Every new gardener makes mistakes, like planting mint and geraniums together in a window box (who knew that mint bullies everything in its path?) or choosing the “perfect” planting spot in early spring, only to see it covered in shade after the trees leaf out.
0:49 Why gardening beginners must avoid planting too much
1:34 Gardening tips on the right planting time & season
2:11 How to prepare the soil for a successful gardening
2:45 How to choose the right spot for planting vegetables
3:32 Gardening tips on the right distance for planting the plants
4:08 How to feed your plants using organic fertilizers
4:45 The greatest mistake gardening beginner must avoid
Don’t be discouraged! You can enjoy growing your own food without getting frustrated. I have compiled a list of 8 common mistakes that new gardeners, and at times even those who have been into gardening for few years also tend to do.
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Moving onto the video,
Mistake Number 1. Planting too much
After spending the winter creating elaborate gardening Pinterest boards, thumbing through seed catalogs, and dreaming of fresh veggie flavor, it’s easy to overestimate how big your garden should be—and underestimate the time and effort it will take to care for it. Experienced gardeners know that a big garden equals a big commitment, one that’s too much for most new gardeners.
Do this instead: Start small. If you’re a total newbie to gardening, make a list of your five favorite vegetables and herbs. Then take a little time to research their growing needs before you buy them.
Add a few more plants and a bit more growing space each year and before you know it, you’ll have plenty of homegrown produce to share!
Mistake number 2. Planting too soon (or too late).
One of the biggest mistakes new gardeners make can be chalked up to cabin fever. On the first warm day after being cooped up inside all winter, you head straight outside and plant a row of tomatoes…and then nighttime temperatures plummet back below freezing and you lose them all. On the other hand, you don’t want to wait too long to plant, either. Planting when it’s already hot can stress plants and require a lot more effort from you to get them to harvest.
Do this instead: First, find out your region’s estimated first and last frost dates then use those dates as a guide to when to start your garden. After all, who wants to waste time and money planting a garden twice, just because you were teased by a warm, spring-like day? If you’re anxious to get your hands dirty after a long winter, busy yourself building a raised bed, adding garden paths, or improving your garden soil until the danger of frost passes.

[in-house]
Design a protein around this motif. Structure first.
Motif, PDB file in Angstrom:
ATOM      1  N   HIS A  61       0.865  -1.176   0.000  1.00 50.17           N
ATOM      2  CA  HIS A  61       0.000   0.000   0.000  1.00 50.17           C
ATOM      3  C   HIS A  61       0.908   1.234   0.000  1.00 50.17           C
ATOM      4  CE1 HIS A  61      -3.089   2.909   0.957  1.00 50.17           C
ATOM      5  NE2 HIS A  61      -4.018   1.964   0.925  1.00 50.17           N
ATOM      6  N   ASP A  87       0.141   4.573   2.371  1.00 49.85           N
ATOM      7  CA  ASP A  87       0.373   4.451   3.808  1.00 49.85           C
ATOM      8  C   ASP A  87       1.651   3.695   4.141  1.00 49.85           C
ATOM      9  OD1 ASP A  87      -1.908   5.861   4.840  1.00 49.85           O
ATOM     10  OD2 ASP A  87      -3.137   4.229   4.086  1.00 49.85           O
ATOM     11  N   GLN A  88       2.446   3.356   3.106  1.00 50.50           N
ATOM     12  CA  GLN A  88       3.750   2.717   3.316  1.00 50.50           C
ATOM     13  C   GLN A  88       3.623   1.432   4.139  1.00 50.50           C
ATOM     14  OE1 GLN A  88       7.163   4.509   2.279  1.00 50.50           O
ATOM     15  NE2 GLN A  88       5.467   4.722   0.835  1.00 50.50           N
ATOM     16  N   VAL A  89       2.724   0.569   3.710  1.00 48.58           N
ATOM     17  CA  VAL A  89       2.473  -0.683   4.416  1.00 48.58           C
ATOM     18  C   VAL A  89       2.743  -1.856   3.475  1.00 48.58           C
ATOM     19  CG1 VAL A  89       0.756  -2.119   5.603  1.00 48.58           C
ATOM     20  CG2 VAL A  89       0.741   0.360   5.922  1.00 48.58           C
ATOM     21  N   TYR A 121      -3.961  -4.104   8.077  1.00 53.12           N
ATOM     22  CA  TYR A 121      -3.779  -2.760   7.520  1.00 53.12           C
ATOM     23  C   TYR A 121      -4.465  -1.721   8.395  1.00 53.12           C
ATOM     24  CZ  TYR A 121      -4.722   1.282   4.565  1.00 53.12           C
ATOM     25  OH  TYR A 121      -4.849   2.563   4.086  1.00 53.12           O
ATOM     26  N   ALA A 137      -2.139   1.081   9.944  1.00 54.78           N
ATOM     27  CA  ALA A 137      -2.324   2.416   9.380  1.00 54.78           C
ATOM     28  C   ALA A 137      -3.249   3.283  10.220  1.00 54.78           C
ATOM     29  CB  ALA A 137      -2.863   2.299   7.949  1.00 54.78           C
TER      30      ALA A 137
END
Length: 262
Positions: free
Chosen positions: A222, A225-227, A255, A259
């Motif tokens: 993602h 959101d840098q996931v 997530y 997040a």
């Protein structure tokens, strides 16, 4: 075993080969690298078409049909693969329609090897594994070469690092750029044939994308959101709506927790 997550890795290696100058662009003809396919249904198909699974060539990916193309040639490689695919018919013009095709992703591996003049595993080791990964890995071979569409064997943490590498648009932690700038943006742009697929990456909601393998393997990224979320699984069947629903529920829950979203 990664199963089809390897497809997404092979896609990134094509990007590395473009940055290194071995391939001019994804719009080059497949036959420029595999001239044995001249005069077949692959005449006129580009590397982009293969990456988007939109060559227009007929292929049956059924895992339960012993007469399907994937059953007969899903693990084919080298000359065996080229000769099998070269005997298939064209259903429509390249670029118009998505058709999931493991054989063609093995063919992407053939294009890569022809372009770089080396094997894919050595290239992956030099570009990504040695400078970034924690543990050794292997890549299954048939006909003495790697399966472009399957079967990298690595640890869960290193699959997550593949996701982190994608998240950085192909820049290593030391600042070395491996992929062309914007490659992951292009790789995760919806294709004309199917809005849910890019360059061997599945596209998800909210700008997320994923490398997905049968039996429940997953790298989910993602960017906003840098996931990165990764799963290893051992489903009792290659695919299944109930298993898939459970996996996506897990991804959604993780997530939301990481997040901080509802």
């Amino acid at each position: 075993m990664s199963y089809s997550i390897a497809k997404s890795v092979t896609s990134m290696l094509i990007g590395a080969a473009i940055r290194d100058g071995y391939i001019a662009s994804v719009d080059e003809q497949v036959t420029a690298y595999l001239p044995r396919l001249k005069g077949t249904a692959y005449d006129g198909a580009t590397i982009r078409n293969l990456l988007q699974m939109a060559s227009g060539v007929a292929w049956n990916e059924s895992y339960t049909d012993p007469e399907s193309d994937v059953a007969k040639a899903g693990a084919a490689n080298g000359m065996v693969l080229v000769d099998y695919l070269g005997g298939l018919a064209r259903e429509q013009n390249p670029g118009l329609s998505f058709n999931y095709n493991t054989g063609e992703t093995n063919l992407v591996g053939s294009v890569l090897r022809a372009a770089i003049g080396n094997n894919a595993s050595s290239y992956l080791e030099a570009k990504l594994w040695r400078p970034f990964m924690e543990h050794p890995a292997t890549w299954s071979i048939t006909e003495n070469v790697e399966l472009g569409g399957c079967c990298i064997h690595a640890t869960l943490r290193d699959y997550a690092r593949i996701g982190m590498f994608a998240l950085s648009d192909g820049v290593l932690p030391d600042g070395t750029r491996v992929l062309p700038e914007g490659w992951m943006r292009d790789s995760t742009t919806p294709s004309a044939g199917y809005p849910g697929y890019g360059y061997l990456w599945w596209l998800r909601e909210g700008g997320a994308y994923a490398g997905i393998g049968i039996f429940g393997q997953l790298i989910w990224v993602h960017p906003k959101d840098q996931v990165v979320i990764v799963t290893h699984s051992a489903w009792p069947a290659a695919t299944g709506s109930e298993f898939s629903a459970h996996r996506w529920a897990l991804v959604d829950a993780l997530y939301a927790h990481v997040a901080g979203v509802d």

Mistake number 3. Planting in just any old soil.
What’s so wrong with digging up some dirt and putting the plants in? Plenty. See, soil provides the foundation for a successful garden, so it needs to be rich and filled with nutrients. Bad soil is like junk food for plants, and they won’t grow and thrive if they’re stuck in it—just like you wouldn’t do well if all you ate were potato chips!
Do this instead: Before planting, improve your in-ground soil with nutrient-rich garden soil which helps protect against both under- and over-watering. If you’re growing in containers, you’ll need a lighter weight soil with excellent drainage.
Mistake number 4. Planting where there’s not enough sun
You may love tomatoes, but if you don’t have a spot that gets at least 6 to 8 hours of sunlight, you won’t have much luck growing them. It’s a basic—and sometimes frustrating—fact of gardening: You’ll waste time, money, and effort trying to grow sun-loving plants in shady spaces.
Do this instead: If your yard is on the shady side, consider growing sun-loving plants in containers and placing them in whatever sunny patch is available, whether that’s a patio, balcony, or driveway. Just use as many pots as you need to create the garden you want.
Mistake number 5. Crowding your plants.
As a new gardener, it’s tempting to try to grow lots of plants in your garden to maximize your harvest—and besides, those little plants look so lonely with no friends around them. Here’s the thing, though: Small plants will grow bigger, and as they do, they’re going to need more space. Too many plants crowded in a small area means they’re going to have to compete for water and nutrients, jeopardizing the health of the entire garden. Plus, if there isn’t enough air circulation between plants, any diseases that come along will have an easier time spreading.